This section is from "Scientific American Supplement Volumes 275, 286, 288, 299, 303, 312, 315, 324, 344 and 358". Also available from Amazon: Scientific American Reference Book.
These distorted males are commonly considered worthless, rejected by the canners and salmon-salters, but preserved by the Indians. These changes are due solely to influences connected with the growth of the testes. They are not in any way due to the action of fresh water. They take place at about the same time in the adult males of all species, whether in the ocean or in the rivers. At the time of the spring runs all are symmetrical. In the fall, all males of whatever species are more or less distorted. Among the dog salmon, which run only in the fall, the males are hooked-jawed and red-blotched when they first enter the Straits of Fuca from the outside. The hump-back, taken in salt water about Seattle, shows the same peculiarities. The male is slab-sided, hook-billed, and distorted, and is rejected by the canners. No hook-jawed females of any species have been seen.
It is not positively known that any hook-jawed male survives the reproductive act. If any do, their jaws must resume the normal form.
On first entering a stream the salmon swim about as if playing: they always head toward the current, and this "playing" may be simply due to facing the flood tide. Afterwards they enter the deepest parts of the stream and swim straight up, with few interruptions. Their rate of travel on the Sacramento is estimated by Stone at about two miles per day; on the Columbia at about three miles per day.
As already stated, the economic value of any species depends in great part on its being a "spring salmon." It is not generally possible to capture salmon of any species in large numbers until they have entered the rivers, and the spring salmon enter the rivers long before the growth of the organs of reproduction has reduced the richness of the flesh. The fall salmon cannot be taken in quantity until their flesh has deteriorated: hence the "dog salmon" is practically almost worthless, except to the Indians, and the hump-back salmon is little better. The silver salmon, with the same breeding habits as the dog salmon, is more valuable, as it is found in Puget Sound for a considerable time before the fall rains cause the fall runs, and it may be taken in large numbers with seines before the season for entering the rivers. The quinnat salmon, from its great size and abundance, is more valuable than all other fishes on our Pacific coast together. The blue back, similar in flesh but much smaller and less abundant, is worth much more than the combined value of the three remaining species.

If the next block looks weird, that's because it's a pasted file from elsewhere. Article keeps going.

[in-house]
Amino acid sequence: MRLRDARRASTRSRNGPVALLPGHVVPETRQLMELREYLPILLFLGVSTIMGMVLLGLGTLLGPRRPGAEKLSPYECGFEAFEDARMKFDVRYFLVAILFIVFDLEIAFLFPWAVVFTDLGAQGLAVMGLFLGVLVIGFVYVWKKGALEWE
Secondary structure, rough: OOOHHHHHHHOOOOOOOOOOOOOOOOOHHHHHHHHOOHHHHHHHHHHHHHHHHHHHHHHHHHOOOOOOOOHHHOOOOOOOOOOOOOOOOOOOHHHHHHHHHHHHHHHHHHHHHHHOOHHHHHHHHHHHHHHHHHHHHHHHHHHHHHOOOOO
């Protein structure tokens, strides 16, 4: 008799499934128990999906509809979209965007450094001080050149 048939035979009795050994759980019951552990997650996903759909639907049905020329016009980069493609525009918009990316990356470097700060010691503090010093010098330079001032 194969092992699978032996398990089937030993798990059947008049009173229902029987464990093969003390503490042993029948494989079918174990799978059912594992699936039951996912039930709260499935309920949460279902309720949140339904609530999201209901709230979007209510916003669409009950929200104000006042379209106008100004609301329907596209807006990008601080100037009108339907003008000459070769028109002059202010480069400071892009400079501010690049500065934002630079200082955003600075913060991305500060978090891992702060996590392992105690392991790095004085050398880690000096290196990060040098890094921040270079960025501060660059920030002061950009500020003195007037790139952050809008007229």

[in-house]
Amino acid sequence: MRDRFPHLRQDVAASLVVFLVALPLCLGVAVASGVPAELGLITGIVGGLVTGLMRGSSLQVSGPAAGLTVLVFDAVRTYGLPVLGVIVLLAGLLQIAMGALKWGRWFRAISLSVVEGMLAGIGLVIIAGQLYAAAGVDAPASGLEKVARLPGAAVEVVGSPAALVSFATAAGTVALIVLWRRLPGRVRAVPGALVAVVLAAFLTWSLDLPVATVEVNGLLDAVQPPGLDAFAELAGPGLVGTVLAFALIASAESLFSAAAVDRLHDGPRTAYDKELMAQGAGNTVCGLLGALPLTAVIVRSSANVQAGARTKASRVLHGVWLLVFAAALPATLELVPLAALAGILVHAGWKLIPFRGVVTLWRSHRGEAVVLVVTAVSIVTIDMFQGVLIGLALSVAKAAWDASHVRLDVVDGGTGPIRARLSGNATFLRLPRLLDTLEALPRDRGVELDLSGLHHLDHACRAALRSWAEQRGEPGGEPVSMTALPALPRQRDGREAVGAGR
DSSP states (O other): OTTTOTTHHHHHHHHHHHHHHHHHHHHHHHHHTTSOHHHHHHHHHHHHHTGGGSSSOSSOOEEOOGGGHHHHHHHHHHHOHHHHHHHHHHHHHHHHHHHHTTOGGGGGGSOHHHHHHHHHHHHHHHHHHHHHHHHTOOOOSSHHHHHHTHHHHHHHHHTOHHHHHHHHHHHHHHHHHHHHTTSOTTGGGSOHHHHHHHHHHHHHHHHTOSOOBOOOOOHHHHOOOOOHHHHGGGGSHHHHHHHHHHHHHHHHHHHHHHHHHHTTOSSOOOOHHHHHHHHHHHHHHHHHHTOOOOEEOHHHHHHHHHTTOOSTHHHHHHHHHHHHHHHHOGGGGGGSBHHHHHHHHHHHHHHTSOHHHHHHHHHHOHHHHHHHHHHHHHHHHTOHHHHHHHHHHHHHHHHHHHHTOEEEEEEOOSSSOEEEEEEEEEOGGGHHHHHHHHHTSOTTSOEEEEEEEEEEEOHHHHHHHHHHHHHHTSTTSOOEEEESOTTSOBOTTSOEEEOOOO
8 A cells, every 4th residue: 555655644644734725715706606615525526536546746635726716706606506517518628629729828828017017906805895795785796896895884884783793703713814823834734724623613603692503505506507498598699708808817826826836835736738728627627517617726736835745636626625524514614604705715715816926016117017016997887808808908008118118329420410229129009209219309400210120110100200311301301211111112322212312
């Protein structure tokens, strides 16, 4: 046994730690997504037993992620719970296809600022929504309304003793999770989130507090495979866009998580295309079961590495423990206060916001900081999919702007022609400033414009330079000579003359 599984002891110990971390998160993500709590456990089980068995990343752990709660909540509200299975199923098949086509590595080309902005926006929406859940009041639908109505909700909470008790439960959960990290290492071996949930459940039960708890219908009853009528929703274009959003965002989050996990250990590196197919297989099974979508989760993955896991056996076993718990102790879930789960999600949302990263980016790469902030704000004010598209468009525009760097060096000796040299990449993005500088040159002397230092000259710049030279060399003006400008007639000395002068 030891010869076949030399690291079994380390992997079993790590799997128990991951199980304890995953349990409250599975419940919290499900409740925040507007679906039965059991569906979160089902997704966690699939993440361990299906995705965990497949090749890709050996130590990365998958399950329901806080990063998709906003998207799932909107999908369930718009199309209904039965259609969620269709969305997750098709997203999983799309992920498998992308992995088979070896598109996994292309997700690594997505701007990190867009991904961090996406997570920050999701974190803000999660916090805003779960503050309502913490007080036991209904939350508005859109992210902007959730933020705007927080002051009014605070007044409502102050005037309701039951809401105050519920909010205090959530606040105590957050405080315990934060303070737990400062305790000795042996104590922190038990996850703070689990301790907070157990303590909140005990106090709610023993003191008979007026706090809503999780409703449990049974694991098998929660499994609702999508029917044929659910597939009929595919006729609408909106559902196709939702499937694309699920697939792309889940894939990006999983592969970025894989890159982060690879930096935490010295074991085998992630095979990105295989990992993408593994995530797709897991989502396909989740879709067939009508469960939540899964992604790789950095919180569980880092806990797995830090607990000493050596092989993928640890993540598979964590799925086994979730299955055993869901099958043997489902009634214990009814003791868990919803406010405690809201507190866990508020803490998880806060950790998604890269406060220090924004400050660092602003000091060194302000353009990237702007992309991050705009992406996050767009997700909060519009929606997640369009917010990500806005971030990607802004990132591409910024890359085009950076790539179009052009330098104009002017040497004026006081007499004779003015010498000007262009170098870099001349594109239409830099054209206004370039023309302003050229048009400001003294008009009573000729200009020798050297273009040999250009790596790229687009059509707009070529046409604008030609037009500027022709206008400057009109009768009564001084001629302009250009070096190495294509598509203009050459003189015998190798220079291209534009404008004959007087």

The fall salmon of all species, but especially the dog salmon, ascend streams but a short distance before spawning. They seem to be in great anxiety to find fresh water, and many of them work their way up little brooks only a few inches deep, where they soon perish miserably, floundering about on the stones. Every stream, of whatever kind, has more or less of these fall salmon.
It is the prevailing impression that the salmon have some special instinct which leads them to return to spawn in the same spawning grounds where they were originally hatched. We fail to find any evidence of this in the case of the Pacific coast salmon, and we do not believe it to be true. It seems more probable that the young salmon, hatched in any river, mostly remain in the ocean within a radius of twenty, thirty, or forty miles of its mouth. These, in their movements about in the ocean, may come into contact with the cold waters of their parent rivers, or perhaps of any other river, at a considerable distance from the shore. In the case of the quinnat and the blue-back, their "instinct" leads them to ascend these fresh waters, and in a majority of cases these waters will be those in which the fishes in question were originally spawned. Later in the season the growth of the reproductive organs leads them to approach the shore and to search for fresh waters, and still the chances are that they may find the original stream. But undoubtedly many fall salmon ascend, or try to ascend, streams in which no salmon was ever hatched.
It is said of the Russian River and other California rivers, that their mouths in the time of low water in summer generally become entirely closed by sand bars, and that the salmon, in their eagerness to ascend them, frequently fling themselves entirely out of water on the beach. But this does not prove that the salmon are guided by a marvelous geographical instinct which leads them to their parent river. The waters of Russian River soak through these sand bars, and the salmon "instinct," we think, leads them merely to search for fresh waters.
This matter is much in need of further investigation; at present, however, we find no reason to believe that the salmon enter the Rogue River simply because they were spawned there, or that a salmon hatched in the Clackamas River is any the more likely on that account to return to the Clackamas than to go up the Cowlitz or the Deschutes.